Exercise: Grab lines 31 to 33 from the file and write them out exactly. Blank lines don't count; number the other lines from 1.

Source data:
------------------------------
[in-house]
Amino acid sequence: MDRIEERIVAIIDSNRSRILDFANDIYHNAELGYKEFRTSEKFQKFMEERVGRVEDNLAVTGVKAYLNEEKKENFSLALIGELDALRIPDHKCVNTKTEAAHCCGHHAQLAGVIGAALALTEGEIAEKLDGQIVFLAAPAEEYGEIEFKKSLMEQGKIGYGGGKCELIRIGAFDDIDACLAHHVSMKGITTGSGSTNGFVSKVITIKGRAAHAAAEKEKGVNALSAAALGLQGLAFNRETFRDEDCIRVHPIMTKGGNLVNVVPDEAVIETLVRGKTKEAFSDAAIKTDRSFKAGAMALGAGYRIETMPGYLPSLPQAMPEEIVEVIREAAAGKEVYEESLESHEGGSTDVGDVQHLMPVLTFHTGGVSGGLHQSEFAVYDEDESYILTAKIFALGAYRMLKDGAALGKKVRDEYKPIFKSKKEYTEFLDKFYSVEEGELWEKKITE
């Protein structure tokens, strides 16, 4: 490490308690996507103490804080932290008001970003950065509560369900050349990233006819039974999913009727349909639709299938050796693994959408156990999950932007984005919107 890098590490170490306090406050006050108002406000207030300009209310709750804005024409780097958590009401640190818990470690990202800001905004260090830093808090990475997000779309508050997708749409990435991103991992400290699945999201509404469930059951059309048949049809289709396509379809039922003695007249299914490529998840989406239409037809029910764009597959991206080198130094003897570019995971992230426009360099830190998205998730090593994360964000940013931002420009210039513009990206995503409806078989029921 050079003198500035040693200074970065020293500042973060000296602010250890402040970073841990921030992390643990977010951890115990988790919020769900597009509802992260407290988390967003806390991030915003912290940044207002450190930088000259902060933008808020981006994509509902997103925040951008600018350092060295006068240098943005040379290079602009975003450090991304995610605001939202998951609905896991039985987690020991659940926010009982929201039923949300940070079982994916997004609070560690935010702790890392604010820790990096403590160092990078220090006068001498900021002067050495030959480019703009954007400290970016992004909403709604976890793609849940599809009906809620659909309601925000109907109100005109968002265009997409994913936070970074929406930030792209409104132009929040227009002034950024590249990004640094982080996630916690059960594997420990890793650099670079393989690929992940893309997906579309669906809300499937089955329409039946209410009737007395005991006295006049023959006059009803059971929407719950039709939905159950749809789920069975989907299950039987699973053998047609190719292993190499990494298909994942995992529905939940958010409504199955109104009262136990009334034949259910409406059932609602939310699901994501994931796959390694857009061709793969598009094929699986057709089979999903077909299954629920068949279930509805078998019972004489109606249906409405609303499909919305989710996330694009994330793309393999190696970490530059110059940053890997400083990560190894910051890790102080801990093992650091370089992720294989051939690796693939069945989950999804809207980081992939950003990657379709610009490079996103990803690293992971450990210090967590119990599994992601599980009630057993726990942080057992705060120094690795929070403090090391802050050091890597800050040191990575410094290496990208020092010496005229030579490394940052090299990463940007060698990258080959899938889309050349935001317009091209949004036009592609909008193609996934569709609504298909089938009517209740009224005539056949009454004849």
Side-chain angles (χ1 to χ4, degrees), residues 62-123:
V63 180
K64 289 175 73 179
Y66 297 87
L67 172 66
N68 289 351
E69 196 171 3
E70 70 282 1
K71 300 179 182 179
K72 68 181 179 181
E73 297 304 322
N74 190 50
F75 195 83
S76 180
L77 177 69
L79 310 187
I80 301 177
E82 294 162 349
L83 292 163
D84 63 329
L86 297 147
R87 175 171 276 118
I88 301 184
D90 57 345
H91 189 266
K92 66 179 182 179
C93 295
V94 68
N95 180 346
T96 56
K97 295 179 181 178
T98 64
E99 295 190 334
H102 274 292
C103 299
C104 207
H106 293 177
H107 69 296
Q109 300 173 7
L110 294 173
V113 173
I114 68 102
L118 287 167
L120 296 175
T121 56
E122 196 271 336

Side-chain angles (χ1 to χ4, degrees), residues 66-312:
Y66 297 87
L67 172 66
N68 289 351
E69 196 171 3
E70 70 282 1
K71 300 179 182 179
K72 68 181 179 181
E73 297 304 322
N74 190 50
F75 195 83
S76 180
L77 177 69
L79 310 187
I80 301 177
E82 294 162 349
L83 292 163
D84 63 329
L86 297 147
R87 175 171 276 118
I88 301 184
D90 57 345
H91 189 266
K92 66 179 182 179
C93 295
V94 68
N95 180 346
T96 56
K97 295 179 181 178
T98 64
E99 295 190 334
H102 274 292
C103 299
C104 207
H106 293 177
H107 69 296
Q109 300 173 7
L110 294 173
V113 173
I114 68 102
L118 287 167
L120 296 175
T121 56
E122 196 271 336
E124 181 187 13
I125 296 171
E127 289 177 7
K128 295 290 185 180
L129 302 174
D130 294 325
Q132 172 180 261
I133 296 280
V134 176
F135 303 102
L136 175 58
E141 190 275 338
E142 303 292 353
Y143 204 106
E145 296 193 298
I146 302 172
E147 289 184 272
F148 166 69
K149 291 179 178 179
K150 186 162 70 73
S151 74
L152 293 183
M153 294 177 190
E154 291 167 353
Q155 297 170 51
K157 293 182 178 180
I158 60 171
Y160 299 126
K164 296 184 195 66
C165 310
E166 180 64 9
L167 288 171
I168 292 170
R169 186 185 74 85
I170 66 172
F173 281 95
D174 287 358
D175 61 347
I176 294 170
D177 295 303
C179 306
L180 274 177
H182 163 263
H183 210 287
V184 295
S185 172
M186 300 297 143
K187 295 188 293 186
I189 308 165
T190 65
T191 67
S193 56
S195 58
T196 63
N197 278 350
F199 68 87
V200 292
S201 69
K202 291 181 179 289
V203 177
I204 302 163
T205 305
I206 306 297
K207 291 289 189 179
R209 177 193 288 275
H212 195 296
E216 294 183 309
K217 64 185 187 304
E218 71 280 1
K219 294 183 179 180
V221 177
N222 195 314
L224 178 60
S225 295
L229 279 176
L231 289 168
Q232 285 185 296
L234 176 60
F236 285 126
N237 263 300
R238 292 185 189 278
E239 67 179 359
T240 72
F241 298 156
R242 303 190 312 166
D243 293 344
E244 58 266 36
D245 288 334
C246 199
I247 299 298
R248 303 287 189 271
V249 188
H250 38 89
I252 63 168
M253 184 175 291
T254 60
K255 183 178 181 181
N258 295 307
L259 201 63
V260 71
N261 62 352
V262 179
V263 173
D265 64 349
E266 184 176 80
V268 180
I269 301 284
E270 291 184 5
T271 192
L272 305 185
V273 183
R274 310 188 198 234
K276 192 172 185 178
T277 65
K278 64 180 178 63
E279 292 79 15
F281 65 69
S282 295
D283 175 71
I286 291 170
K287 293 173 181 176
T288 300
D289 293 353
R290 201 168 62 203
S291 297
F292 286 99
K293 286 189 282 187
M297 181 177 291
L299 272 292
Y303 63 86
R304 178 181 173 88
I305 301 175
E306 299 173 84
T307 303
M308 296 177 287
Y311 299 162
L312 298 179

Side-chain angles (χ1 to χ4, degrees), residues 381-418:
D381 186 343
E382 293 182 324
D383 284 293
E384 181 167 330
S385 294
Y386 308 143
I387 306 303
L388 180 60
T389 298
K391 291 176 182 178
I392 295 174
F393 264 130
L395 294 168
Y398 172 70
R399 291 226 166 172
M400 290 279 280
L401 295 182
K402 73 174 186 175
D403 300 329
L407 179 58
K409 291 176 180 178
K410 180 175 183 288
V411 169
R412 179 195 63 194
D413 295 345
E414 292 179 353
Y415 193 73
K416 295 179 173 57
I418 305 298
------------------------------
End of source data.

V94 68
N95 180 346
T96 56